How to recover a fully discharged lead acid battery

Updated February 21, 2017

Lead-acid batteries need to be kept charged otherwise the cells can be permanently damaged. If you have a fully discharged lead-acid battery, the best way to recover it is to charge it very slowly using a "trickle" charge. This lets the individual cells recover and means the battery retains its charge. If you charge a fully discharged lead-acid battery quickly it's likely to lose its charge. Check the battery cell caps for removal. If the caps come off, verify fluid level inside the battery.

Wear protective gloves. Lead-acid battery cells contain sulphuric acid which burns if it gets on your skin.

Place the fully discharged lead-acid battery on a battery tray or flat piece of wood. Remove the six cell caps on the top of the battery. Unscrew them using your fingers or pry them off using a flathead screwdriver. Do this carefully as the cells contain sulphuric acid. Some batteries are sealed units. Do not attempt to access the cells if they are sealed.

Check the fluid level. Note the mark in each cell. The fluid should be up to the mark. If the cells require more fluid, top them using distilled water. Ensure the water covers the cells completely. Replace the caps.

Get your battery charger and place it near the battery. Set the battery charger to its lowest charge rate. Some have preset settings, others have a variable switch. It may also have a setting called "trickle charge." This is the lowest setting and is perfect for charging a discharged battery.

Connect the black cable from the battery charger to the negative terminal of the battery using the spring clamp on the end of the cable. Connect the red cable from the battery charger to the positive terminal on the battery. Both terminals are clearly labelled.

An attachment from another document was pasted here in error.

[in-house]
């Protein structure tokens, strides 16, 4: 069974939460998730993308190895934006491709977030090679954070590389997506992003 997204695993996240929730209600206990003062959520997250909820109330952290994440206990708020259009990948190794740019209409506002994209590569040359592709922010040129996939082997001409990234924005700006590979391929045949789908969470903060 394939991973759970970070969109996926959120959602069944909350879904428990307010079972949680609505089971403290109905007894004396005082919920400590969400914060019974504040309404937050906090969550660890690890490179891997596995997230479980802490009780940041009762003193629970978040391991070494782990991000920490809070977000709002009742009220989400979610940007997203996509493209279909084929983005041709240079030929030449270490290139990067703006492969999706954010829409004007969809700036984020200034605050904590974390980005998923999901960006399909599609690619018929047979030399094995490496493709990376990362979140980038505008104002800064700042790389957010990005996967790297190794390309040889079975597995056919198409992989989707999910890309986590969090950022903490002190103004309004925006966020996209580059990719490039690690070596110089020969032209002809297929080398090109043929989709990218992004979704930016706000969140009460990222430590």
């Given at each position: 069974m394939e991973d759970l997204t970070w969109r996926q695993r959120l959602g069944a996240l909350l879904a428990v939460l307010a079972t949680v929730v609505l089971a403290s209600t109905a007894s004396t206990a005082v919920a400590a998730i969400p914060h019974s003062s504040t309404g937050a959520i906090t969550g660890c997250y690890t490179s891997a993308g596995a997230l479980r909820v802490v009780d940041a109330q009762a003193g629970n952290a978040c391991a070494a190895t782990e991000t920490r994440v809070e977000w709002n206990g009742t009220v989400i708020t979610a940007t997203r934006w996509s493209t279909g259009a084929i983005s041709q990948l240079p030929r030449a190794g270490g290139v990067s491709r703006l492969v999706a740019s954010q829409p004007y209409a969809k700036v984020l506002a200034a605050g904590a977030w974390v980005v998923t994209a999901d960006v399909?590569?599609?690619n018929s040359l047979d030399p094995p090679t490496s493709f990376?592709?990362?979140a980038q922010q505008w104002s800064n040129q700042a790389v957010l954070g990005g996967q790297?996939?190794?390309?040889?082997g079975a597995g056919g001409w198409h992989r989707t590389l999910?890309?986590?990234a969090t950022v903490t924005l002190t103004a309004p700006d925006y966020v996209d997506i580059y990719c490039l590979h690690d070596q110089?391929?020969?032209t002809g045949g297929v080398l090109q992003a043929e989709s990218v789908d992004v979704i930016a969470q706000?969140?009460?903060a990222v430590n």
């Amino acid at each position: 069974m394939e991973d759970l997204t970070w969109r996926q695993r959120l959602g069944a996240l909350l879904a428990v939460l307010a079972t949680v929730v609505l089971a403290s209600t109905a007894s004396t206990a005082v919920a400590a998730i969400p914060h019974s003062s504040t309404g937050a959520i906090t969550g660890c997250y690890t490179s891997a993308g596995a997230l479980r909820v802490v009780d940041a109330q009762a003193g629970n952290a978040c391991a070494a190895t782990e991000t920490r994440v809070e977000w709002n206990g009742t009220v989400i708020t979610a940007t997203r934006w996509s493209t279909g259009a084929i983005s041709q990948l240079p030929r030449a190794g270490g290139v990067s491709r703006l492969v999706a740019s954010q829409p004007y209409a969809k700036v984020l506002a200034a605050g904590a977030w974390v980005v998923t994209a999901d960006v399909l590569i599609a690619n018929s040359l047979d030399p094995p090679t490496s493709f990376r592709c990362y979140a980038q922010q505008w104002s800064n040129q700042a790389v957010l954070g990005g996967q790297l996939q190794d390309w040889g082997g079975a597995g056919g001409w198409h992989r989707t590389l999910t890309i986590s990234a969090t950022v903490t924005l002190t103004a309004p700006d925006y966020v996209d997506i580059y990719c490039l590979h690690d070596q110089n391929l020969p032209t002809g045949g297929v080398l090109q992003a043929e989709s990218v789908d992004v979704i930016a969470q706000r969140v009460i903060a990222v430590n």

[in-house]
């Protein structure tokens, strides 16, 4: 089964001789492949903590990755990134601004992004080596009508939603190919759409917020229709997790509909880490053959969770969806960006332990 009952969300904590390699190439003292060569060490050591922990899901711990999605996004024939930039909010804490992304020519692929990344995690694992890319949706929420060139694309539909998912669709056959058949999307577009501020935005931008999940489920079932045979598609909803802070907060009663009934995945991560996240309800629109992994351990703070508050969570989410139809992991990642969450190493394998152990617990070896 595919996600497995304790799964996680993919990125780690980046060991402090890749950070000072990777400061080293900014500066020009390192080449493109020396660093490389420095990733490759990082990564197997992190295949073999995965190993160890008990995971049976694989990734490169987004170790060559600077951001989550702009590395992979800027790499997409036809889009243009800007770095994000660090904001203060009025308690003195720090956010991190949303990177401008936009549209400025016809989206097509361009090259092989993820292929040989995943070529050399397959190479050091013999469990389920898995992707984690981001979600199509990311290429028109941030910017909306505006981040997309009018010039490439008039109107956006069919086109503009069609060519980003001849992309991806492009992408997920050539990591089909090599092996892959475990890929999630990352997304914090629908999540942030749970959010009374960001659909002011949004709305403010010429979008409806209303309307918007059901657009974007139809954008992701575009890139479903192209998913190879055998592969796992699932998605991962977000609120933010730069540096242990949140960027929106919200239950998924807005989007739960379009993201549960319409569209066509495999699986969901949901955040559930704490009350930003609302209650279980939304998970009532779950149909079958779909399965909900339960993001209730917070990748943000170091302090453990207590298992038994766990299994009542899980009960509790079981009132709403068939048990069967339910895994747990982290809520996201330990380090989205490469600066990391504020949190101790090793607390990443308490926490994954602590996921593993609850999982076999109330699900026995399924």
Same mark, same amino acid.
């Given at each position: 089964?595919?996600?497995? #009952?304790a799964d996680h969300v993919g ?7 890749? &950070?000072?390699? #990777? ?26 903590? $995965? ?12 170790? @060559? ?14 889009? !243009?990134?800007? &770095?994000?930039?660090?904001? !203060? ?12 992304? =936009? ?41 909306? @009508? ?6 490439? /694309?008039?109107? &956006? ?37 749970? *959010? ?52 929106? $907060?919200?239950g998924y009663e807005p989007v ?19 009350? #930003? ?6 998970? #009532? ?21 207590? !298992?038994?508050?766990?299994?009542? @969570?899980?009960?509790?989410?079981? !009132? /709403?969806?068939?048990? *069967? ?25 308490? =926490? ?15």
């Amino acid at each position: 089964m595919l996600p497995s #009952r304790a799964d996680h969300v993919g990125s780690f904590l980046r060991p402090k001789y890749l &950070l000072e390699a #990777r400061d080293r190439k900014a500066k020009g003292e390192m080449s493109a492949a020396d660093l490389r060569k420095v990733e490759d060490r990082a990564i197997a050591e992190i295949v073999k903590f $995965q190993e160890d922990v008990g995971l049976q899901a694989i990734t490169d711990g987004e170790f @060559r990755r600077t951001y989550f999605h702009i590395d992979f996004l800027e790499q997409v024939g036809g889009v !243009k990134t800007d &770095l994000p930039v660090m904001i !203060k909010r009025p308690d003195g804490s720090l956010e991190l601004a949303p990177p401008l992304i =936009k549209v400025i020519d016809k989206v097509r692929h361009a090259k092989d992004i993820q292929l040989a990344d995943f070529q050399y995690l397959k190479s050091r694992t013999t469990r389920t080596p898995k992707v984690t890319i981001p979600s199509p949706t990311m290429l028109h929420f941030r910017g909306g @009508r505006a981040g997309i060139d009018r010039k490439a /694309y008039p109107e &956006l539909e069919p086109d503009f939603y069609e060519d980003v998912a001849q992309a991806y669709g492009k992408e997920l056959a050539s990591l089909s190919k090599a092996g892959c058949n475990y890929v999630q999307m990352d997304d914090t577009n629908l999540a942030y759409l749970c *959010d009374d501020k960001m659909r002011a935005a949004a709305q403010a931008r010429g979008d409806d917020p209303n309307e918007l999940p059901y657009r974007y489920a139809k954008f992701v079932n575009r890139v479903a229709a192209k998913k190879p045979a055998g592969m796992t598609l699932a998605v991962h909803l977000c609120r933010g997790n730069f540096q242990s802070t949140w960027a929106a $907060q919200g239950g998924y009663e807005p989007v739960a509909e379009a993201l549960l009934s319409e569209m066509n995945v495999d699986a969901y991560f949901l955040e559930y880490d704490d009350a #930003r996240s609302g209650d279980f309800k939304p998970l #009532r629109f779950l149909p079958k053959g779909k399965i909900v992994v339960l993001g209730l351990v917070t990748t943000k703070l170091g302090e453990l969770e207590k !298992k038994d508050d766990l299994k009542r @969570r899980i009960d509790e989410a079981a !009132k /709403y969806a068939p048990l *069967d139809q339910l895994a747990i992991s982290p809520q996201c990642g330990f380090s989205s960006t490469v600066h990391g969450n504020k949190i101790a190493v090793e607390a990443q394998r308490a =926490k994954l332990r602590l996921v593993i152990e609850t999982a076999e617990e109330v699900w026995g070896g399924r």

Plug in your battery charger then turn it on. Check the battery charger to ensure its charging the battery. The dial indicates the charge rate, or a light illuminates.

Let the battery charge for 24 to 36 hours. Turn off the charger and remove the cables from the battery.

Check the output voltage of the battery using a voltmeter. Touch the red and black wires from the voltmeter on the positive and negative terminal of the battery. If the voltmeter reads 12-volts, the battery should be charged.

Leave the battery for a day or two. Check the output voltage using a voltmeter. If it reads between 11- and 12-volts your fully discharged lead-acid battery is recovered. If the voltmeter reads less than 11-volts the battery is losing its charge. The lower the voltage, the more damaged the battery.

Things You'll Need

  • Protective gloves
  • Battery tray
  • Flathead screwdriver
  • Distilled water
  • Battery charger
  • Voltmeter
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About the Author

James Stevens has been writing articles for market research companies in the U.K. since 1990. He has written various country profiles for inclusion in comprehensive market reports including Vision One Research and Investzoom Market Research. Stevens holds a General Certificate of Education from Chelmsford College of Further Education.